While working on a project, (whether a novel, play, or piece of non-fiction,) I surround myself with images that relate to the writing. This part of my process becomes especially important with historical fiction, since I’m striving to create a world that I hope readers will “experience” as they read the book.

With The Witches of New York, I wound up with loads of period photographs and illustrations that I pinned to the walls of my writing studio or kept on my laptop for inspiration. A few of the images even found their way onto a thumb drive that I carried with me during my recent cross-Canada book tour where I presented a digital version of a “Magic Lantern Show” during many of my readings. In fact, I had so much fun giving readers a behind-the-scenes look at my writing process, I’ve decided to share a few more of the images over the next few months in a series of blog posts relating to my research.

An Evening of Clairvoyance

First up is the image you see above, “An Evening of Clairvoyance” by the painter Stephen Mackey. I discovered Mackey’s work online a few years ago and instantly fell in love with the way he mixes a masterly painting technique with gothic or fairytale-esque subject matter. While I’d long been a fan of his fantastical paintings, “An Evening of Clairvoyance” (2015) absolutely blew me away. I’d already written much of Witches at that point, so when I saw the painting and how closely the woman resembled one of the three main characters in the novel (who happened to be a one-eyed witch,) I was absolutely gobsmacked. I even sent Mr. Mackey an email to let him know that I couldn’t help but think he’d somehow gained access to the wild imaginings of my brain.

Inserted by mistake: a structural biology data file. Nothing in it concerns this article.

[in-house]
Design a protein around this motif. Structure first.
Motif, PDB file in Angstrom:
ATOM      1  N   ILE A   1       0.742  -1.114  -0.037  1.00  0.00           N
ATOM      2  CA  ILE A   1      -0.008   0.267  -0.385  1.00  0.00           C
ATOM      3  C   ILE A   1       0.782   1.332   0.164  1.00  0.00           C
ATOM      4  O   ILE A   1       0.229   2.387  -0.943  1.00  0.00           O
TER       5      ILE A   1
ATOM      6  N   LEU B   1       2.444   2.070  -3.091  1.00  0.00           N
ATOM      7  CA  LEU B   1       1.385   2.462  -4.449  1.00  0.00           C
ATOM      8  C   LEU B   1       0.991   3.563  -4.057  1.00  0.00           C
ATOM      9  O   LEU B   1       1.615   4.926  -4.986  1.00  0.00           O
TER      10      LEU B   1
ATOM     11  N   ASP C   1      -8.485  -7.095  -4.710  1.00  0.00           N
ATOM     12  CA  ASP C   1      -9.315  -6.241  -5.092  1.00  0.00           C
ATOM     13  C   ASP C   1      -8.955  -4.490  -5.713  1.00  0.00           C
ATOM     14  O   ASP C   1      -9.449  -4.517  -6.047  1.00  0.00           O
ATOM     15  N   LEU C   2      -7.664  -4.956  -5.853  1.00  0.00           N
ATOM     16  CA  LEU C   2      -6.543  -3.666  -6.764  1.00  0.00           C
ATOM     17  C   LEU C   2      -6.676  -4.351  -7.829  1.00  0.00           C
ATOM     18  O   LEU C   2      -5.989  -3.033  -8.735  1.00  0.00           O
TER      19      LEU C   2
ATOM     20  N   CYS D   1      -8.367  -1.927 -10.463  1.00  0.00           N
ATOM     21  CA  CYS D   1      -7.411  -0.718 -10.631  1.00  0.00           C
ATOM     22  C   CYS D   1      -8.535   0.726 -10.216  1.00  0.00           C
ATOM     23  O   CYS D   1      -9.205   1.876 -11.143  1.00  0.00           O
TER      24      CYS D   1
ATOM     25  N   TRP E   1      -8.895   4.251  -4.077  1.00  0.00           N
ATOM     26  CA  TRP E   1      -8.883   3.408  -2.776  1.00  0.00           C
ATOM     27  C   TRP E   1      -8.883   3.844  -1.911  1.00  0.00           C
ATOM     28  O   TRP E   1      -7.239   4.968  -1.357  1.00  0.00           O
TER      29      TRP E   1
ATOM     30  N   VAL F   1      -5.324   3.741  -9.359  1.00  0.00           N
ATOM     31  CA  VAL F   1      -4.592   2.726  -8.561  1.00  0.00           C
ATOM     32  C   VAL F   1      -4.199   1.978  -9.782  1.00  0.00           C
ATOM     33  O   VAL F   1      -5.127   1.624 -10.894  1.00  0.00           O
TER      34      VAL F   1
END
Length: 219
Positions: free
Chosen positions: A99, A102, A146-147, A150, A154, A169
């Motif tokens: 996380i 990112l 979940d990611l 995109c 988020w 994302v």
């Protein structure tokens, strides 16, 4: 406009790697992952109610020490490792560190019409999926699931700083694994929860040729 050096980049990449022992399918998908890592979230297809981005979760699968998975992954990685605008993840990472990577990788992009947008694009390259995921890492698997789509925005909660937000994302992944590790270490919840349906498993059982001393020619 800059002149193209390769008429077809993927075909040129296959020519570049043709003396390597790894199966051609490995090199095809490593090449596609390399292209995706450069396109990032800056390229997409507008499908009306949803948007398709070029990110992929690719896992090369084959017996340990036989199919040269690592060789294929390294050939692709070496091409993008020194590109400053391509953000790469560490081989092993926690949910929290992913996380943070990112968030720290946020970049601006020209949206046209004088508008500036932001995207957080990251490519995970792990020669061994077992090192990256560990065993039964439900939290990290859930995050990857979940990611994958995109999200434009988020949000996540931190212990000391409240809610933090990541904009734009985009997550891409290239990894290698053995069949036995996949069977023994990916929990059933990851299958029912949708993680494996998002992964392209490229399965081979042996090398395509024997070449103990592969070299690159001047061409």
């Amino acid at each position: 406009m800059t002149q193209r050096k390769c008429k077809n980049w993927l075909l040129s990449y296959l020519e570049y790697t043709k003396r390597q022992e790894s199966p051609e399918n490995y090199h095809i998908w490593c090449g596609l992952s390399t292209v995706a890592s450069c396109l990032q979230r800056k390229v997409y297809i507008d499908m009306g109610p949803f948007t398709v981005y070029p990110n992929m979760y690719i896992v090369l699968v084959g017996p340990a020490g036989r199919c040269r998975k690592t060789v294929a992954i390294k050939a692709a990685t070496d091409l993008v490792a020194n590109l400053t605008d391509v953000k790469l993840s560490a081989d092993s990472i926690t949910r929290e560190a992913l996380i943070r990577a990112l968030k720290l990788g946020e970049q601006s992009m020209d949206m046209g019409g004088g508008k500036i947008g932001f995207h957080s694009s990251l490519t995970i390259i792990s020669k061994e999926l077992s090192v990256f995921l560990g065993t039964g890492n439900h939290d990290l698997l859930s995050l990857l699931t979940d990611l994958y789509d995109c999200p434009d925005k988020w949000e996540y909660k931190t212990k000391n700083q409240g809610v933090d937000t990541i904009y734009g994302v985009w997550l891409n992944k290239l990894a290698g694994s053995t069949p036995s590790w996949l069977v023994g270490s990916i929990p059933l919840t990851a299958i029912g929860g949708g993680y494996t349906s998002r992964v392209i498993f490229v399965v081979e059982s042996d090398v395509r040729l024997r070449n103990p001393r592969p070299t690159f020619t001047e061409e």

“Your painting looks so much like I’ve imagined her, it’s amazing!”

I never heard back from Mr. Mackey, so I figured either I’d sent the message to an out-of-date email address or he’d made it a policy not to respond to writers who send wacky emails about shared imaginations and serendipity.

“La Tapada Limeña.” (A veiled woman of Lima.) It was popular for women in 19th century Lima to wear a veil with only one eye exposed.

Virginia Odoini 1866

I’d collected other images of 19th century women showing only one eye—the enchanting Las Tapadas Limeñas; Virginia Oldoini, the Countess of Castiglione being seductively cheeky—but it was Mr. Mackey’s painting that stayed with me as finished writing the novel. (So much so, that I included it in a blog post I wrote after I’d completed the final draft.)

A short while later, as I began working on the U.S. edition of Witches with the fabulous editor, Erin Wicks of Harper Perennial, she, too, expressed her affection for the painting, even commenting, “wouldn’t it make a great cover?”

Of course I agreed with her, but didn’t think it possible. I didn’t know how such things worked and didn’t want to bother Mr. Mackey any more than I already had. So I carried on with edits and promptly shelved the thought.

A couple months later, (while still dreaming of “An Evening of Clairvoyance”) I sent Erin the photograph of Virginia Oldoini, thinking she might find it interesting and possibly of some use for the design team at Harper. The Canadian and UK covers were already set and I’d been completely wowed by both, so I was excited to see what the designer in the US would come up with for the Harper Perennial edition.

Much to my surprise, I got the following response from Erin…

“I do have something to confess: we’ve already secured rights to the Stephen Mackey painting!”

My response to her was, of course, “WOW!” (I’m still pinching myself over the whole thing.)

And now for those of you who may not have already seen it…the cover of the Harper Perennial U.S. edition of The Witches of New York. (Due July 11, 2017 but available for pre-order now.)

The Witches of New York, US edition.

People, places and things mentioned in this post:

Stephen Mackey, artist.

The history of Tapada Limeña

Virginia Oldoini, Countess of Castiglione 

Pre-order the U.S. edition of The Witches of New York